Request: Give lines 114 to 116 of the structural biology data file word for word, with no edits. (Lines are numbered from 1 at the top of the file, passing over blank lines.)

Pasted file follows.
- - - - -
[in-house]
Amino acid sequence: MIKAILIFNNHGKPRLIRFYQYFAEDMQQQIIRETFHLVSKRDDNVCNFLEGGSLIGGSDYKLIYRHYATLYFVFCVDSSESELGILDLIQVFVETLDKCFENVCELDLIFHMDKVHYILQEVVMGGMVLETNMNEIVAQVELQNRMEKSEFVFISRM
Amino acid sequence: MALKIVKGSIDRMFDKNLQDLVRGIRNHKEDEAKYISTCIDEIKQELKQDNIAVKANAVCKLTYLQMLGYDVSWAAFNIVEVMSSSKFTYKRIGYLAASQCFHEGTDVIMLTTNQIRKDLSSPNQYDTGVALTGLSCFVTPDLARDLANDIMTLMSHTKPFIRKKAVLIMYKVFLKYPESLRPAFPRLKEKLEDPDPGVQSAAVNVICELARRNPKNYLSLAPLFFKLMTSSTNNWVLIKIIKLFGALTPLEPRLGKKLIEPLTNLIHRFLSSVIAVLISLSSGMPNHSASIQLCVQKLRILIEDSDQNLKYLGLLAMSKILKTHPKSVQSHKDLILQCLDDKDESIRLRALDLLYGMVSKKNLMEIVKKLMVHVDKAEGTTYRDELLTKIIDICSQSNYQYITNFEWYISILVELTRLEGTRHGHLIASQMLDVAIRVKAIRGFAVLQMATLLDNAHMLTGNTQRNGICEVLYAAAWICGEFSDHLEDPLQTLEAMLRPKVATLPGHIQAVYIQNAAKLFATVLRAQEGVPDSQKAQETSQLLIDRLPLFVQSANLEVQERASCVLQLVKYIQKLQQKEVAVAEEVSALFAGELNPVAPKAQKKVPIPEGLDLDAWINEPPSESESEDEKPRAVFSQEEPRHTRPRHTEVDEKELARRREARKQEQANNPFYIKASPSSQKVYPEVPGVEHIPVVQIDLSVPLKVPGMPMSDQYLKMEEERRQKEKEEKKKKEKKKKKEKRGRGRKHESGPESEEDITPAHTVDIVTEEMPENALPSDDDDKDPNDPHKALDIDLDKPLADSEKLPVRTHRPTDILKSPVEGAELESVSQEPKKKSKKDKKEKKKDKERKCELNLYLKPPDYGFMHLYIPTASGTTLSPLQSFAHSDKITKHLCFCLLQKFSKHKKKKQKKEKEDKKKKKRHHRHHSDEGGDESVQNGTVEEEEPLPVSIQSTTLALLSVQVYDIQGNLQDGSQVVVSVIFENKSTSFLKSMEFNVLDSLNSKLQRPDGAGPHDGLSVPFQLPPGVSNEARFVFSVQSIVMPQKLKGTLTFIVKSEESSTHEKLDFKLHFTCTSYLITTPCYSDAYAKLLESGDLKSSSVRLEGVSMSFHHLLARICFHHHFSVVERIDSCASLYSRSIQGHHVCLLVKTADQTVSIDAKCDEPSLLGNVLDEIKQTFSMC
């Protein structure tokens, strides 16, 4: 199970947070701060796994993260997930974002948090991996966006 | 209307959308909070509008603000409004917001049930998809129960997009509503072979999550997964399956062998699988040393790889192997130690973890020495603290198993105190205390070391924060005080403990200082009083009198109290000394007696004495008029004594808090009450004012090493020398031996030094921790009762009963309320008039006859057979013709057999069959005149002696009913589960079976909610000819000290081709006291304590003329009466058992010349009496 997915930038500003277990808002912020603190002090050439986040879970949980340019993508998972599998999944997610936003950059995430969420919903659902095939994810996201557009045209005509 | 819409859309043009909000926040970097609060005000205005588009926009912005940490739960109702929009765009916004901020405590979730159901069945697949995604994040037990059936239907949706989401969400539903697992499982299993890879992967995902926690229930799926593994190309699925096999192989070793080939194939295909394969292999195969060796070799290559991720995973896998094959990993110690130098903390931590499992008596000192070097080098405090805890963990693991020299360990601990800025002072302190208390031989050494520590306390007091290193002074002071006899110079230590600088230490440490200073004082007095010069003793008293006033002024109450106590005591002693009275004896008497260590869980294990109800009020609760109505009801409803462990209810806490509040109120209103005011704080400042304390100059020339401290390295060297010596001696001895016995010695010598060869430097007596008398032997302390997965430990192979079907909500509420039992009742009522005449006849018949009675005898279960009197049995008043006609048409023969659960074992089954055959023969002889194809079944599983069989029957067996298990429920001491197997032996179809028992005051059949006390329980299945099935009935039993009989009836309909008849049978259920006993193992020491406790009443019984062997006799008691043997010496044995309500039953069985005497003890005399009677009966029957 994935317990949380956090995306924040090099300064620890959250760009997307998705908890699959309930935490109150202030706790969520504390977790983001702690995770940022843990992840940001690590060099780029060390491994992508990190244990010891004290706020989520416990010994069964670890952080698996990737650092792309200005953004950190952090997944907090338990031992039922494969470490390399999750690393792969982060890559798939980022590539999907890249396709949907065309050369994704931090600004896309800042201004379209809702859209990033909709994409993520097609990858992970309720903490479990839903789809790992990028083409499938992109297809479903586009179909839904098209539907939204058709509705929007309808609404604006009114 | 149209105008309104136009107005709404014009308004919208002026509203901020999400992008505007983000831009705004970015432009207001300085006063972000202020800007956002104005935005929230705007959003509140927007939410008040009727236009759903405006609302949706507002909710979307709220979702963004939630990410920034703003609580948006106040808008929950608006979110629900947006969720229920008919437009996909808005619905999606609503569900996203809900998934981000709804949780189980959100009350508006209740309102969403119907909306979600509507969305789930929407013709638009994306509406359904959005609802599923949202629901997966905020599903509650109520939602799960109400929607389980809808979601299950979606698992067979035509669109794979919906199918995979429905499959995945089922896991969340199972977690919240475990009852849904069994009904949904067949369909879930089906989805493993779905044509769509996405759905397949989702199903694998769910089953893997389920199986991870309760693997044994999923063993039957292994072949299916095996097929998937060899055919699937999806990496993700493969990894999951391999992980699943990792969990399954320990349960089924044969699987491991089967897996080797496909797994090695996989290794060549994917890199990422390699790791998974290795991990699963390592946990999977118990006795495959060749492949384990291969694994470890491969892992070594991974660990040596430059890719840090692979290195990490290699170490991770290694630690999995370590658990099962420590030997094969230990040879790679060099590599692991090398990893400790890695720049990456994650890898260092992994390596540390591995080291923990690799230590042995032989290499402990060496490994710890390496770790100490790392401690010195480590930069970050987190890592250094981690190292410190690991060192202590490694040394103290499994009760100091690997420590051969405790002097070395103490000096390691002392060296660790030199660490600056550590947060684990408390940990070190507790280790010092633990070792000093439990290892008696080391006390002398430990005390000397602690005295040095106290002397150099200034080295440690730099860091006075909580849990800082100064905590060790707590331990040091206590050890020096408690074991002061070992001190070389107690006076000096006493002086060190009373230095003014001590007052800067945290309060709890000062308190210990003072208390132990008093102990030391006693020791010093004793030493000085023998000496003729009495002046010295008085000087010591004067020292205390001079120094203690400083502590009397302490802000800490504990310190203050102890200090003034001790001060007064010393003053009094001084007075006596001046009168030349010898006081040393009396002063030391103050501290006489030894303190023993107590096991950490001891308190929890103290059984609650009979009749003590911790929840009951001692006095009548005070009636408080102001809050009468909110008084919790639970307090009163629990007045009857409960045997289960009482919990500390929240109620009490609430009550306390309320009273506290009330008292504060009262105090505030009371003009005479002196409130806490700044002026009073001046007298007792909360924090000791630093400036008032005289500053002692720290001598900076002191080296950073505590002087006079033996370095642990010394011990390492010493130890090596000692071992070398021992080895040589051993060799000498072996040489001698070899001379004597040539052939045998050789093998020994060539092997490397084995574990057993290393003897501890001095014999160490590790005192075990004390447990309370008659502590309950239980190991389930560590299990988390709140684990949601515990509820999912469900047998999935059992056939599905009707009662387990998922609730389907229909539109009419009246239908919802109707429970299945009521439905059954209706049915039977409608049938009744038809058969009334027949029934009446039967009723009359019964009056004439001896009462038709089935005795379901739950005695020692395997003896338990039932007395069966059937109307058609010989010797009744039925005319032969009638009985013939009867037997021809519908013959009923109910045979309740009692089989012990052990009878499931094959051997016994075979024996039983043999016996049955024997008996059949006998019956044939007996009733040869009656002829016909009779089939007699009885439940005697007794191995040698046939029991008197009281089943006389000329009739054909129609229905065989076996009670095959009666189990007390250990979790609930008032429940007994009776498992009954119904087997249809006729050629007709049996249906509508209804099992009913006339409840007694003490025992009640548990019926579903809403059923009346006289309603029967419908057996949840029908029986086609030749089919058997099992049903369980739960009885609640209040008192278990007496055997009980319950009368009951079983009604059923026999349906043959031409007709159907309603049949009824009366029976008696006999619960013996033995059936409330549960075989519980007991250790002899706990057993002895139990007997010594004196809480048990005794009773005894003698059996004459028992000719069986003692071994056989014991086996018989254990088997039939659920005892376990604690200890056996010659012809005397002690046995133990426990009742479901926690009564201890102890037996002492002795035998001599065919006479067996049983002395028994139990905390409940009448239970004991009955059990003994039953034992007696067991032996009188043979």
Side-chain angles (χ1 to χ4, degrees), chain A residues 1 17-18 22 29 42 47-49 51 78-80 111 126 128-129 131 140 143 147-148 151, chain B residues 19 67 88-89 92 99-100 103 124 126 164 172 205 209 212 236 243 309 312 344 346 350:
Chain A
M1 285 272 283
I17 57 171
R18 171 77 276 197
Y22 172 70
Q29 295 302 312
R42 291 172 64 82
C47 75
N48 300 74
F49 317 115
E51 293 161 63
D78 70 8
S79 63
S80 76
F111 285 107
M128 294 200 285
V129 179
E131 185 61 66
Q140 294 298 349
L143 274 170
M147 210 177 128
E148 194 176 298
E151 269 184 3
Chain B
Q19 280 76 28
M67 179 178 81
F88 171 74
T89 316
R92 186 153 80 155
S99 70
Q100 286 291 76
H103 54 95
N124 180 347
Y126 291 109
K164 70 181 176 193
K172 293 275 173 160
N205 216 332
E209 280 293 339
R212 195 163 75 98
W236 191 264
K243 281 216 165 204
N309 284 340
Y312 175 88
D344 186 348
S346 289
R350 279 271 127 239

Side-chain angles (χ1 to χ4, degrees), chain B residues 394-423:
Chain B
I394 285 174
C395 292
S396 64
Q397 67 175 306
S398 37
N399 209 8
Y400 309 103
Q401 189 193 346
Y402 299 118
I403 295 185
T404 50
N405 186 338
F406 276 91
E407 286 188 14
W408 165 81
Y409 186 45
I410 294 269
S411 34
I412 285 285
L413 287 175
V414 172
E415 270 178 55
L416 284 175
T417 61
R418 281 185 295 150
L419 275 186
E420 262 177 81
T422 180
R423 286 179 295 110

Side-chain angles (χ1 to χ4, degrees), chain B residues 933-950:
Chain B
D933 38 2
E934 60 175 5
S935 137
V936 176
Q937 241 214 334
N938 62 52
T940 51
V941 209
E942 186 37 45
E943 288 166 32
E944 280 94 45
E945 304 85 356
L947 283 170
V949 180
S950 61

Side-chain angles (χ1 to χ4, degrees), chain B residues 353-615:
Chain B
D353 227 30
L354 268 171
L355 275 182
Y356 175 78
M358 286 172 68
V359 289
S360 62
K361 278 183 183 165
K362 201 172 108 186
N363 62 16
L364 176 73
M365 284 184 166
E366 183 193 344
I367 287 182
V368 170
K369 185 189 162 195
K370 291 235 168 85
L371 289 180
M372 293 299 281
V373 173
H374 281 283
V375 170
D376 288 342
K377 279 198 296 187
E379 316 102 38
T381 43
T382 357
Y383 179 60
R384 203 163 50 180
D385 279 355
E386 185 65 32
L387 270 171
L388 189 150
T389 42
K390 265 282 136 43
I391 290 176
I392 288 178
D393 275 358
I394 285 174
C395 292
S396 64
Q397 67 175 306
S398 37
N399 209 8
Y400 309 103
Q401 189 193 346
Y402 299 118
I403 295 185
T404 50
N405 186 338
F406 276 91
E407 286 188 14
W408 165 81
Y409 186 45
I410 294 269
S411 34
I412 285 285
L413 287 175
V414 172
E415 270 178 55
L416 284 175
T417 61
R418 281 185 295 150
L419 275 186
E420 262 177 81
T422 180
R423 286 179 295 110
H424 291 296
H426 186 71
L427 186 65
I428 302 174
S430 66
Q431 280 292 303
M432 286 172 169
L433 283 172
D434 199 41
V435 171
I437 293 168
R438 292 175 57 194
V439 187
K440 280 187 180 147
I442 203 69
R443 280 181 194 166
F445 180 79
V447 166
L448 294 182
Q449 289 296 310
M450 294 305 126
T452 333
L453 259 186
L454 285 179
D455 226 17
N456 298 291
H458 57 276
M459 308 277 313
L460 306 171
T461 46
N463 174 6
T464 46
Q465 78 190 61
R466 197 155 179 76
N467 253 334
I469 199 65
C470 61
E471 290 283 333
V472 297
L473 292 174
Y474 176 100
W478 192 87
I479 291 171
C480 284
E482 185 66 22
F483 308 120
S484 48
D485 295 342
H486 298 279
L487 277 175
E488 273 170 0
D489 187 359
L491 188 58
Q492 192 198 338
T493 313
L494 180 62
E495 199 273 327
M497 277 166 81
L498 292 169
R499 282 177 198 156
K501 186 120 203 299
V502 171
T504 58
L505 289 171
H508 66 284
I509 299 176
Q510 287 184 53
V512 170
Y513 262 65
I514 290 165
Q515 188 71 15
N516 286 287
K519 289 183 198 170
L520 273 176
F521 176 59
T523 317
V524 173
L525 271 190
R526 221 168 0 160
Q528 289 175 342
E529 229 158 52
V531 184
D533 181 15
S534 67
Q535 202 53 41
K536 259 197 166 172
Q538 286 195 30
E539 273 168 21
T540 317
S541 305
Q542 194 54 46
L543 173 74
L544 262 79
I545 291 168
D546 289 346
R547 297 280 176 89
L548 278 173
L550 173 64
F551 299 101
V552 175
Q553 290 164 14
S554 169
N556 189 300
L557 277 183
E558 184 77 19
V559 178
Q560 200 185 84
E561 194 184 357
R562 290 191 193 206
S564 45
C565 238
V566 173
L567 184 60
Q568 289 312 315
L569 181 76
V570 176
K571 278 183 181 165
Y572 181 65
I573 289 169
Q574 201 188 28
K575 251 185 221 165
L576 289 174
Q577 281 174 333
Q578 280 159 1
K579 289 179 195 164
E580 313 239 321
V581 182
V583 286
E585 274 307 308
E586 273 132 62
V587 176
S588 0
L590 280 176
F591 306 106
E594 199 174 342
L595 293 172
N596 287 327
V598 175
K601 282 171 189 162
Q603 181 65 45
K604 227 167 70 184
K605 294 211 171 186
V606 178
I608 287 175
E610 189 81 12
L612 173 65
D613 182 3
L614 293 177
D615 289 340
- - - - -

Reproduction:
E366 183 193 344
I367 287 182
V368 170